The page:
How To Avoid Selling Your House To Pay For Care? Try Helpful Tips

How To Avoid Selling Your House To Pay For Care Try Helpful Tips

In the UK, the average price of residential care is rising. In reality, most people spend at least £35,000 annually on care, and that amount may rise to as much as £50,000 if nursing care is required. In reality, nobody has the right to make you sell your house in order to pay for care.

But regrettably, the majority of people will eventually have to foot some of the bill for care. Due to their significantly more complicated living circumstances, some people may even be required to pay the full cost of care.

What can you do to find out how to avoid having to sell your home in order to pay for care How to avoid selling your house to pay for care?

You can learn exactly how to do that by using this guide.

Can You Avoid Having To Sell Your Home To Cover Care Costs?

You won’t have to sell up to pay for care if you or your spouse/partner (or specific other people) want to stay in your house.

You have the right to live in your home for as long as you want, along with any qualifying dependents who share it. You cannot be pressured to sell to cover the cost of your care. A qualifying dependant could be any of the following who also lives in your home:

  • your spouse
  • your civil partner
  • your unmarried partner
  • a close relative over 60 (or incapacitated)
  • a close relative under 16 for whom you are legally responsible
  • your ex-spouse / partner if they are a single parent

In other words, you don’t have to be concerned about your loved ones becoming homeless just because you require care.

Understanding The Cost Of Care

You must first comprehend the costs of care if you want to know how to prevent selling your home to pay for care. The council will conduct a standard means test to determine your financial situation, accounting for the value of your home as well as any savings, investments, and pensions you may have. You will be expected to cover all of your care costs for the rest of your life if your combined wealth exceeds £23,250 ($40,000 in Wales and £27,250 in Scotland).

However, if your wealth is less than these amounts, you might still be required to contribute even if you qualify for assistance from your council. In many cases, it won’t leave much or anything at all for your family to inherit, whichever way you look at it.

Depending on the level of care needed, the individual’s needs, and preferences, care facility fees can range from about £30,000 to £60,000 annually. This is why it’s becoming more and more common to secure all of your assets in advance and learn how to keep your home from being sold in the event that you require care.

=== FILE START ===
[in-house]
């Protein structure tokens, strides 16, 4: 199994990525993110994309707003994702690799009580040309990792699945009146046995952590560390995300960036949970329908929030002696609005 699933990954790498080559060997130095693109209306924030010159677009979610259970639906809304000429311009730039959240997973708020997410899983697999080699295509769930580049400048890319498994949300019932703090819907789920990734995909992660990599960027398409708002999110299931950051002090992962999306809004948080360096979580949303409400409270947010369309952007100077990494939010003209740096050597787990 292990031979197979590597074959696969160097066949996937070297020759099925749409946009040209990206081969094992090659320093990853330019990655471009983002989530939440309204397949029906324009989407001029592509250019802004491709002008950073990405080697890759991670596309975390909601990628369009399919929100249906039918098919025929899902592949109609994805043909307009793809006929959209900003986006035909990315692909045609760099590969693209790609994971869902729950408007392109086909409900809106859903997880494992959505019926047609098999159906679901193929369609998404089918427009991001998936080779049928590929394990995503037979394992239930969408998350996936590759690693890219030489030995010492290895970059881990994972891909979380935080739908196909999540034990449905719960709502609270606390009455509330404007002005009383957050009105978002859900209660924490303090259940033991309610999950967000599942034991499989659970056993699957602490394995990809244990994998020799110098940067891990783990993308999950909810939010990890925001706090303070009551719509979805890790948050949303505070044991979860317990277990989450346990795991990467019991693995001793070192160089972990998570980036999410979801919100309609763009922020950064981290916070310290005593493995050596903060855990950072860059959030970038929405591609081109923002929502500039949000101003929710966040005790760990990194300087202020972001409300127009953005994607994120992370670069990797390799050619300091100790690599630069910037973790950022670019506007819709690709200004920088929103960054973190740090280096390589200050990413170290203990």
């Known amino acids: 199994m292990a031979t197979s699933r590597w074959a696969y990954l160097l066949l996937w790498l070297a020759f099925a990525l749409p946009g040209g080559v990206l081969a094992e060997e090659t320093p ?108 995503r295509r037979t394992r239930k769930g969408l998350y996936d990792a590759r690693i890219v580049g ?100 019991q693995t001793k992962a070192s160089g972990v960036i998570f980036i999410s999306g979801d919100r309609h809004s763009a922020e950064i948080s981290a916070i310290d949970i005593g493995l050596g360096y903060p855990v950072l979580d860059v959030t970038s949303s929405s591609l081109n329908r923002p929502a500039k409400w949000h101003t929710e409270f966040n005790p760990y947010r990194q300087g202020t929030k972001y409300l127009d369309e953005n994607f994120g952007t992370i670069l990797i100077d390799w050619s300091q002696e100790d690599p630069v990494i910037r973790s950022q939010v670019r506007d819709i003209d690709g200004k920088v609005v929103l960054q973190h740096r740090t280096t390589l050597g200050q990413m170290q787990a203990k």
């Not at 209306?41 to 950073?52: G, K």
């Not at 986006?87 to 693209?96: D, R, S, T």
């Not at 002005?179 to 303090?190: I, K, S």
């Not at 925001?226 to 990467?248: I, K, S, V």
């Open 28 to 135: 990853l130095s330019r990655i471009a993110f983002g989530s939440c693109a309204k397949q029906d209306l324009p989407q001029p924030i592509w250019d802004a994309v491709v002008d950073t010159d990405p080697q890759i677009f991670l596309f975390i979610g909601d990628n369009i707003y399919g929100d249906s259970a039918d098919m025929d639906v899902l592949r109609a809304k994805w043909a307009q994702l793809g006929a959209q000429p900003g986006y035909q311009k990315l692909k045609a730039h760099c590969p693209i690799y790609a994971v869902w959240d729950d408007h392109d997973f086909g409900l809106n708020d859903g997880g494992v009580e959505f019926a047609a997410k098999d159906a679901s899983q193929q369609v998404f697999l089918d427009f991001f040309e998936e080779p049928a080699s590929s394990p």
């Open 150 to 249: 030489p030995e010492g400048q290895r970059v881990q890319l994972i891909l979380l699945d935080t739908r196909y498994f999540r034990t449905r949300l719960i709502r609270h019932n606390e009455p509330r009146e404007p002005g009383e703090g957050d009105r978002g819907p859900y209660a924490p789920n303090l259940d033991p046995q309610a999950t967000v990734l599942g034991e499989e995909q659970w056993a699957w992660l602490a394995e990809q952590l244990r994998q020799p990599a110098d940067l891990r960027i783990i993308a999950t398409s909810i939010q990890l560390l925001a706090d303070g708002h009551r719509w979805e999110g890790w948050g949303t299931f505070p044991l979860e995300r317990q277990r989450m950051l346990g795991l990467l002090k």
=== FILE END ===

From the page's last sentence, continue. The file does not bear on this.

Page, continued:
Common Misconceptions

You should get in touch with Will Power as soon as possible and well before any care is required if you’re considering how to avoid selling your home to pay for care costs. Making sure you are fully informed is essential because there are numerous procedures to follow in order to confirm that each process is legal and allowed.

Everything will be checked in your means test by the council, so when we’re asked about how to avoid selling a property to pay for care, it’s often easier to start by dispelling some myths and starting with a few things you can’t do:

Transfer The Ownership Of Your House

You cannot simply sign over your house or any other financial assets to family members or friends when you decide to enter a care facility in order to avoid paying care fees. There are proper ways to do this, which we’ll discuss later. However, you cannot do this haphazardly or even a few months before entering a care facility.

‘Gift’ Your Money Or Property Away Or Spend

In a similar vein, it is viewed with suspicion when someone gives away their money, assets, or other belongings. This includes giving large sums of money to family or friends, purchasing pricey or ostentatious items that aren’t allowed in your means test, engaging in high-stakes gambling, or selling your home for a pittance well below its market value.

Hide Your Wealth

Other questionable strategies for avoiding care costs include concealing the extent of your wealth by lying about your financial situation or illegally disposing of your assets. During your means test, any hidden funds or assets will be located and traced, and you will then undergo another test that takes those funds into account.

All of these instances fall under the category of intentional “asset deprivation.” Basically, all of your assets are intentionally given away or sold in an effort to lower your overall capital, avoid paying for long-term care costs, and improve your eligibility for council-funded assistance.

A Care Fee Will

If you’re asking yourself “how can Is my house protected from care costs?” it’s likely you already know your home is your most valuable asset. It runs the greatest risk of being sold in order to pay for your care because it contributes the most to your overall wealth. Because of this, making a Care Fee will is among the most popular practices.